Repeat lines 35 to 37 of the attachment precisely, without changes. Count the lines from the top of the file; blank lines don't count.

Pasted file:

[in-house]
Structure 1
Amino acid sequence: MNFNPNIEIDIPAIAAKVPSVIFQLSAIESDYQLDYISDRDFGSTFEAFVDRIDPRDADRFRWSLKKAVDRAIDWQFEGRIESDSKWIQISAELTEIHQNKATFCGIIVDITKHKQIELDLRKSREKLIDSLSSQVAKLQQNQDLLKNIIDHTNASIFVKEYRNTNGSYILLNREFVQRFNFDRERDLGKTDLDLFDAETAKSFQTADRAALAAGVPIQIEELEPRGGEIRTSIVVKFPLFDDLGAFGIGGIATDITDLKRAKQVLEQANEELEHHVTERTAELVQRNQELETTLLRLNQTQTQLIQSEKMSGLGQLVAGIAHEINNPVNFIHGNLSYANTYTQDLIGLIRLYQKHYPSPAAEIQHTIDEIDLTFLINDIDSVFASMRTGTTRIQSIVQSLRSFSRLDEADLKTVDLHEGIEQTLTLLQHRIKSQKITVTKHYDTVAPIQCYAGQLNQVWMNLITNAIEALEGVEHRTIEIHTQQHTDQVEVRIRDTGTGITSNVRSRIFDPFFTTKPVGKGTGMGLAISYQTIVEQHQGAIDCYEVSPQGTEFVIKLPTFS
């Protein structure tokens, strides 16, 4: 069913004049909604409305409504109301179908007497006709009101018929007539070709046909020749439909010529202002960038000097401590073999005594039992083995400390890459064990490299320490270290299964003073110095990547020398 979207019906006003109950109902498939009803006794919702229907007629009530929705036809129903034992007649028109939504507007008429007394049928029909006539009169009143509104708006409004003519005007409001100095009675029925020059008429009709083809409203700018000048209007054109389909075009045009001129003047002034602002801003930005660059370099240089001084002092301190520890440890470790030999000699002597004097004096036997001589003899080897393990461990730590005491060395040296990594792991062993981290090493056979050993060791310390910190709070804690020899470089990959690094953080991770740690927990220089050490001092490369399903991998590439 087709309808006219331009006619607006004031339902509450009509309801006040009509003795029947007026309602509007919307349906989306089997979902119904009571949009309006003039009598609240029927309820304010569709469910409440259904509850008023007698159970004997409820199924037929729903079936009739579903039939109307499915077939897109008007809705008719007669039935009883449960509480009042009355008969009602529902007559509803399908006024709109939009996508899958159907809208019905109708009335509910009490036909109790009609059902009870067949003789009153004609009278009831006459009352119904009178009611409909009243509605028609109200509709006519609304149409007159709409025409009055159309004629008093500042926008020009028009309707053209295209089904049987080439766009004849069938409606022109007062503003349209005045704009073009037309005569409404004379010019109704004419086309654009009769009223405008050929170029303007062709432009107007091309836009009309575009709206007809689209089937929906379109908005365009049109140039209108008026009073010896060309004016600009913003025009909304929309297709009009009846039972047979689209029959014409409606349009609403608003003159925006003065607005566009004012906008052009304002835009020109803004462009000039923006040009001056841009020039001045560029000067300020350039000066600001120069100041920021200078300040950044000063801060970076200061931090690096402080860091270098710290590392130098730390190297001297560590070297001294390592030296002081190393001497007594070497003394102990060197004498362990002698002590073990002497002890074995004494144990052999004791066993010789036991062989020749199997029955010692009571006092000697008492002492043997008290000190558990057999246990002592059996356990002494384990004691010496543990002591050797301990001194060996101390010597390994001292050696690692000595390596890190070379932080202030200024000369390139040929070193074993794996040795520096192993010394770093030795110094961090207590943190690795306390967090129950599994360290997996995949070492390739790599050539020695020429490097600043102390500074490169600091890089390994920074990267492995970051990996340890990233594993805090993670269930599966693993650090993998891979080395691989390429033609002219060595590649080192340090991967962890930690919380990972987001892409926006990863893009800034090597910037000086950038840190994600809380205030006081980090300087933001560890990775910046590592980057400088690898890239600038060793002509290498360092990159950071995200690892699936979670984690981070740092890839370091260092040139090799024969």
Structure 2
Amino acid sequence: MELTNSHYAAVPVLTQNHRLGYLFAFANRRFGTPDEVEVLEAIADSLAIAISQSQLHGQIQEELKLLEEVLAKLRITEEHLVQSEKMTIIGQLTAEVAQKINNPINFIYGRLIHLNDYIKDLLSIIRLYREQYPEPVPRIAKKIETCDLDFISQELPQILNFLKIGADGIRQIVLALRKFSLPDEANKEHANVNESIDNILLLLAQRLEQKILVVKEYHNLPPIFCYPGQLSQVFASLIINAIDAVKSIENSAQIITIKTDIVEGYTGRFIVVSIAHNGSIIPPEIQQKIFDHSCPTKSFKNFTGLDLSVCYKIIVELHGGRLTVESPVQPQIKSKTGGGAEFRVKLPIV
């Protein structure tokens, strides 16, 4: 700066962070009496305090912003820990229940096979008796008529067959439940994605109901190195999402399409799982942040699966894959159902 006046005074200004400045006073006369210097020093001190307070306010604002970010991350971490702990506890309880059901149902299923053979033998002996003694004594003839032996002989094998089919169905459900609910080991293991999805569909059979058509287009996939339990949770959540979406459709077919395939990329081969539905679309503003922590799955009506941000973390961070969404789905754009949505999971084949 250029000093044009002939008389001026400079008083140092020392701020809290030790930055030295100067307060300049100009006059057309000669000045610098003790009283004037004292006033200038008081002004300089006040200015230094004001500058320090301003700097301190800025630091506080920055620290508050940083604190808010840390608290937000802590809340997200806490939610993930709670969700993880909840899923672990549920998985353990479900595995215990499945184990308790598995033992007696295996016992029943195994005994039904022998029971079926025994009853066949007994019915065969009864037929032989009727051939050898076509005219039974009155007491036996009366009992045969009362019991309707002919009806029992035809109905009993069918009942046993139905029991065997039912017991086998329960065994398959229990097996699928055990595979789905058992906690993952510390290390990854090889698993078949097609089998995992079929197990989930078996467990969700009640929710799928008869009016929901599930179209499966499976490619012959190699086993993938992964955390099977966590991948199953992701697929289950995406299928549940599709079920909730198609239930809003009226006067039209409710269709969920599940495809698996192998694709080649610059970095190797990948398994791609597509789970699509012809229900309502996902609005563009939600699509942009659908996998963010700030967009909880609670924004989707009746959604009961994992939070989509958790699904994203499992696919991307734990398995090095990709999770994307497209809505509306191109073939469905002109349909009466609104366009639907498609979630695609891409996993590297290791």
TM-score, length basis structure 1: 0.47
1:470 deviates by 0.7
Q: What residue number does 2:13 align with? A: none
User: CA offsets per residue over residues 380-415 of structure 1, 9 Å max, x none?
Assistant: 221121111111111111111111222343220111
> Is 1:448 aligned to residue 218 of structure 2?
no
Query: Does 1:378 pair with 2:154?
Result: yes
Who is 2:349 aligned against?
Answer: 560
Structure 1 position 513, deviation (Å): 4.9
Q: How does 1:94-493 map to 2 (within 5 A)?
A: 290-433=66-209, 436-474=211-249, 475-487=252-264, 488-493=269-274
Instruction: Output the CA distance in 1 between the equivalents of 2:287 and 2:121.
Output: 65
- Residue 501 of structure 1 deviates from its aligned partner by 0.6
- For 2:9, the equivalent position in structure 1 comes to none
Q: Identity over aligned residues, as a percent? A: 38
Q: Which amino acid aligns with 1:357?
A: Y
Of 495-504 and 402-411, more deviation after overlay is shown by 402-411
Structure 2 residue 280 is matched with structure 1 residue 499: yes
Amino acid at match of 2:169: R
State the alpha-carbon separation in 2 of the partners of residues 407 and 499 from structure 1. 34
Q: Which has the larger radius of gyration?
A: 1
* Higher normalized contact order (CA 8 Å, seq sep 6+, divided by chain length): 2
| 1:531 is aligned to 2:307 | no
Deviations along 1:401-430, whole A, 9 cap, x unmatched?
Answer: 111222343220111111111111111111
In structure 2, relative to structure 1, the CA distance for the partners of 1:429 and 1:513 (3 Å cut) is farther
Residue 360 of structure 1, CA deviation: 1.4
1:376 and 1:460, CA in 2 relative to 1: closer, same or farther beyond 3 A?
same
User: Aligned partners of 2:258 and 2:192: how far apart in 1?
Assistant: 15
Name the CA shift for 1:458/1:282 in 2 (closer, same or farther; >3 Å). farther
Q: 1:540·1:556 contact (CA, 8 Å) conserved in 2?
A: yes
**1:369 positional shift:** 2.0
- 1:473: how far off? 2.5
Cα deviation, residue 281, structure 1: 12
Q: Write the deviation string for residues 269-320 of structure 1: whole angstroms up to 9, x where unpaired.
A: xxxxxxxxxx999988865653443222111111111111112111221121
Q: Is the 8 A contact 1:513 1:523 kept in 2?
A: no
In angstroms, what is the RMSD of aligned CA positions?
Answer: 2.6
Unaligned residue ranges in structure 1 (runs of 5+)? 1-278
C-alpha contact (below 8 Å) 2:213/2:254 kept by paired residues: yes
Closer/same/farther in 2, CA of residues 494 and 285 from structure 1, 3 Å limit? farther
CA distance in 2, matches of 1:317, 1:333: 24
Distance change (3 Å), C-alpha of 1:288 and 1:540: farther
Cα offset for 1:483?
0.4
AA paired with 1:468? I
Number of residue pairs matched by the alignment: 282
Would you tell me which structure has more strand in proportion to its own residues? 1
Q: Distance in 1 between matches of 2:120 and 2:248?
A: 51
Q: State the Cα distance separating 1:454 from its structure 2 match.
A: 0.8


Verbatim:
* Higher normalized contact order (CA 8 Å, seq sep 6+, divided by chain length): 2
| 1:531 is aligned to 2:307 | no
Deviations along 1:401-430, whole A, 9 cap, x unmatched?